Sand Mountain is an area well-known to ATV enthusiasts from all over the world. There is now a paved road all the way to the base of the mountain where you will find amenities such as restrooms and limited camping. Watch for speed DIPS and it is a service fee area. For further information:

http://www.blm.gov/nv/st/en/fo/carson_city_field/blm_programs/recreation/sand_mountain.html

They do not offer day passes, only weekly or by the year. $40 per week and $90 per year. As to why they do not offer a day pass it is better to go thier web site above and read it for your self.

There are other things you can do that don't cost such as one of the side trails that leads to an old Pony Express Station.
Very educational.

Tuesday, June 26, 2012

Stillwater National Wildlife Refuge

Stillwater National Wildlife Refuge


Of all the places near Fallon, Nevada Stillwater is my favorite place to go. Just 18 miles east of Fallon is a place where you can find more wildlife than you can shake a stick at. The last mile is dirt road, but well maintained. Here you will find an elivated viewing area with wheelchair access, and restrooms.
There is also an auto touring loop (maintained dirt road) that loops around one of the marsh areas. There are self guided tours with well marked trails. Some of my best selling photos have been taken here.
I suggest that you aproch the area slowly so as not to scare off the wild life more than need be. Some things you might want to bring with you are as follows.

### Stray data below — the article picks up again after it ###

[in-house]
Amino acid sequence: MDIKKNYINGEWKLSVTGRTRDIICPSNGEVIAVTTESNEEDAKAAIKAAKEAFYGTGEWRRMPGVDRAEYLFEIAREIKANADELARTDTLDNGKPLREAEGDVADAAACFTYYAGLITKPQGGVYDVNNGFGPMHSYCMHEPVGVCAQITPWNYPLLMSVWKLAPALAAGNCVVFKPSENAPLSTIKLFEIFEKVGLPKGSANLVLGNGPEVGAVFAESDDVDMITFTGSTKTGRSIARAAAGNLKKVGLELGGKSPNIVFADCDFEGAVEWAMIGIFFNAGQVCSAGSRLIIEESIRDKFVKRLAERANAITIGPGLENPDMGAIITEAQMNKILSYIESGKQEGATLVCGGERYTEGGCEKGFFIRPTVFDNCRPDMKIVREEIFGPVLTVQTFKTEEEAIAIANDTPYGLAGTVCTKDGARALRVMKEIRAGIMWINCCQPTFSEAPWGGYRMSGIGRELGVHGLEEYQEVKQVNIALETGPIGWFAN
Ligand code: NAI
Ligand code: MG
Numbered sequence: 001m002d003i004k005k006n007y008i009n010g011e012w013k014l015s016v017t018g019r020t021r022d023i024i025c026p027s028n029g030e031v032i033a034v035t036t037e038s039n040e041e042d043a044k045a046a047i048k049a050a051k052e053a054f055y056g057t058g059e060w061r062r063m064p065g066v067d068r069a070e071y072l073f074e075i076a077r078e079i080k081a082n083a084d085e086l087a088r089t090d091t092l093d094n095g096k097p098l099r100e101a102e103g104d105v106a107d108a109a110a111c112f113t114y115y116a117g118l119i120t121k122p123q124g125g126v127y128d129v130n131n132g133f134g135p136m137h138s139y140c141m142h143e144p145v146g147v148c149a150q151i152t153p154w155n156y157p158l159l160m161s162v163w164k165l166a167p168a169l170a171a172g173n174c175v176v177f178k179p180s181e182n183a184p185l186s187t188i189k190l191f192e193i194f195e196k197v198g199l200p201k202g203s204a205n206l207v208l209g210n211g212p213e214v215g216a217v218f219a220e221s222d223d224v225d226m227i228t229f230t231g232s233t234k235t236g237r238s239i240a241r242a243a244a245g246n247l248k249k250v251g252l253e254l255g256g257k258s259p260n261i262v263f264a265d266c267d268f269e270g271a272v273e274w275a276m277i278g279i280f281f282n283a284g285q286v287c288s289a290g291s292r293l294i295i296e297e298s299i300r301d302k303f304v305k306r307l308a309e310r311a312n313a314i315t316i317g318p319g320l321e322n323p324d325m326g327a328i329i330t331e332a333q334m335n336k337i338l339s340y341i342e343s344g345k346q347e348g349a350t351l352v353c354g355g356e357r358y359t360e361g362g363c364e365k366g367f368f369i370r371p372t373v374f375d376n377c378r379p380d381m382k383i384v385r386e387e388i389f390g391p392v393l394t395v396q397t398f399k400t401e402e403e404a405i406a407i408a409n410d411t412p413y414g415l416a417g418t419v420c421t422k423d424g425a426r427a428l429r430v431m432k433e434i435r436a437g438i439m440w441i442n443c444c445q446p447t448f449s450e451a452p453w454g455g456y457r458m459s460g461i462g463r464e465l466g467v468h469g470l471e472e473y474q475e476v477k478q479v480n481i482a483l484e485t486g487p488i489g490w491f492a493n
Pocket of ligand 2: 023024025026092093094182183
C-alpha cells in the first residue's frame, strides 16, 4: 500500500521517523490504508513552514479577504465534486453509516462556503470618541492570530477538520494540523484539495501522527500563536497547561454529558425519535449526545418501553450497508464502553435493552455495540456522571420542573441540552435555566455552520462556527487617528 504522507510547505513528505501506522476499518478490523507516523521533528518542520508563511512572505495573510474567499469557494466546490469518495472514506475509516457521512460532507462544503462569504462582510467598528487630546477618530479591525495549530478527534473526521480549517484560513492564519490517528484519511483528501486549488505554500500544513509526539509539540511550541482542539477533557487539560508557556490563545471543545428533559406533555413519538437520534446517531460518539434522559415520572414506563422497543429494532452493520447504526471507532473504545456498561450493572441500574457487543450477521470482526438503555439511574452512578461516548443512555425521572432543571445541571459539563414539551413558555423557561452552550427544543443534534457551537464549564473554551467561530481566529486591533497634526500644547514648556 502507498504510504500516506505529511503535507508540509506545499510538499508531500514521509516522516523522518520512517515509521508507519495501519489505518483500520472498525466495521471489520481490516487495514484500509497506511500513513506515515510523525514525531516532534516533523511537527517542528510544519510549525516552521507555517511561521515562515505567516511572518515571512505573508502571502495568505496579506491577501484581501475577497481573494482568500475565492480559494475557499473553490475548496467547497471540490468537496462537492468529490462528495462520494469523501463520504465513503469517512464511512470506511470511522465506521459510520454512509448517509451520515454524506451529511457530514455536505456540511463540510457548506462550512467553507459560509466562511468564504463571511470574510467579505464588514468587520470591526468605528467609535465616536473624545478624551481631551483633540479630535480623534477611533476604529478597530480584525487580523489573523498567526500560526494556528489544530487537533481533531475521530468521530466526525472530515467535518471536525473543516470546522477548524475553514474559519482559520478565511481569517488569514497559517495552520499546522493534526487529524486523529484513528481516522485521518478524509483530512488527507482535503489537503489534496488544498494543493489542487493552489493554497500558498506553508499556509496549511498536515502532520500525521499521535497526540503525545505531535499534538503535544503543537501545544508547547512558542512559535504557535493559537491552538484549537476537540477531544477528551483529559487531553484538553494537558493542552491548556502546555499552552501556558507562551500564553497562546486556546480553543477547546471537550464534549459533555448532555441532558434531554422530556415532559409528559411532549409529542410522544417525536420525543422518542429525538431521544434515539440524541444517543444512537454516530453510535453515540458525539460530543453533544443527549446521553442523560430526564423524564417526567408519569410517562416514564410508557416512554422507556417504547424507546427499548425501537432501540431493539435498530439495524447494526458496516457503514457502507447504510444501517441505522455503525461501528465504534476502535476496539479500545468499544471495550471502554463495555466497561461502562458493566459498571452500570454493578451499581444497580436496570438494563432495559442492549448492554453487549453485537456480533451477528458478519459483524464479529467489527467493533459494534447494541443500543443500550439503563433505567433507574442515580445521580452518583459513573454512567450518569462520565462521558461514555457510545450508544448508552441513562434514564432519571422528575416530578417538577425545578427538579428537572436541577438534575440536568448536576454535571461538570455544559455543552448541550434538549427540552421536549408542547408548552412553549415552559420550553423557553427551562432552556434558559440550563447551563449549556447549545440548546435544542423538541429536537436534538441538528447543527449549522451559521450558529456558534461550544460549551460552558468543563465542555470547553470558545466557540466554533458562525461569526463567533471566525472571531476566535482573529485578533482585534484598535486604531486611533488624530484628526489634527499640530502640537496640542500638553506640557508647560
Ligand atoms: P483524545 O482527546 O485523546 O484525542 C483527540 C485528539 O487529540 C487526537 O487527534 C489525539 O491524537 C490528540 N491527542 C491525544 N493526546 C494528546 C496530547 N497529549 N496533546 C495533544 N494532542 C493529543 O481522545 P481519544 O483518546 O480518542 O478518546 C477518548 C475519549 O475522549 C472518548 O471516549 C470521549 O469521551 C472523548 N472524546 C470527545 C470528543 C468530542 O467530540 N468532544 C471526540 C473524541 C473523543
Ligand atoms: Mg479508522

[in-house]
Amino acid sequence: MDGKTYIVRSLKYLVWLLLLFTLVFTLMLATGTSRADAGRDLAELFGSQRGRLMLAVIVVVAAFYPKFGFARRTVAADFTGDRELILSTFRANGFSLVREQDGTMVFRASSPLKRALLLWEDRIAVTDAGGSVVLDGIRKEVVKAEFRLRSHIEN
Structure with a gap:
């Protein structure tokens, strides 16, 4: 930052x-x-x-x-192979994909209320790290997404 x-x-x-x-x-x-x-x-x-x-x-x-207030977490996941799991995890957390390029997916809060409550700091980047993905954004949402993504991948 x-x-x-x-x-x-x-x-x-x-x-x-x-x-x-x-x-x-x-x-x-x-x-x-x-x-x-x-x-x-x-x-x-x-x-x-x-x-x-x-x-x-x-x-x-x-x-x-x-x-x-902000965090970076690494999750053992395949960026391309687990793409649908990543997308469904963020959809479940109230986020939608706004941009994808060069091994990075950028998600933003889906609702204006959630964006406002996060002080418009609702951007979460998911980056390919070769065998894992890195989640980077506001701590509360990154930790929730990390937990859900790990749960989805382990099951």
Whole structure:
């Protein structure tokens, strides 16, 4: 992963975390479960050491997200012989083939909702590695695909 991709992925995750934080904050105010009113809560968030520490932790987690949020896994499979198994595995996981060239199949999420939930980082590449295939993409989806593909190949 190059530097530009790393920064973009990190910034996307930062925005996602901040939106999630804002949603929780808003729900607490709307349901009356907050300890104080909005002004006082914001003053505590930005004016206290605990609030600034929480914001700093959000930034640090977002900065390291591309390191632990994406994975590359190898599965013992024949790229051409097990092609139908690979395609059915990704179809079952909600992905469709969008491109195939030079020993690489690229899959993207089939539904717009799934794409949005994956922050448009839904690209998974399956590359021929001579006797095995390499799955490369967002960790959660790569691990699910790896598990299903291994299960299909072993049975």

1. Plenty of drinking water.
  2. It is a marsh so plenty of bug spray.
  3. shade, like a big hat or umbrela.
  4. spotting scope, binoculars or camera with telephoto lens.
  5. cellphone in case of emergency
  6. The larger animals and birds will try to maintain thier distance, but if you are patient and quite they will sometimes get quite close. Early morning is the best time as the animals like to avoid the heat as much as you do. Don't be in a hurry to get from point A to point B, many of the animal you come across will be unexpected. If you are moving to fast your likely to miss them all together.
    Some of the most interesting critters are very small and although driving is required to get to some places, walking is best.
    damsilfly

    
    Giant wasp
    Be aware of your surroundings, watch where you are walking. I have never come across rattle snakes but I have seen black widow spiders in bushes. If you come across a snake, do not kill it. Nine times out of ten its a bull snake (non-poison) and all snakes are part of nature. Avoid the snake if you can and only kill a snake if you must A.K.A(it bites you and the doctor needs to know what kind of snake bit you.) As I said before bug spray is a good idea, not just for mosquitoes, but for ticks and other biting insects. Try not to brush up against bushes to avoid ticks and when your done visiting, check each other for ticks. If you bring your dog with you, a flea and tick collar is a must. 
    Tick infested jack rabbit




Friday, June 1, 2012

Churchill County Museum

Churchill County Museum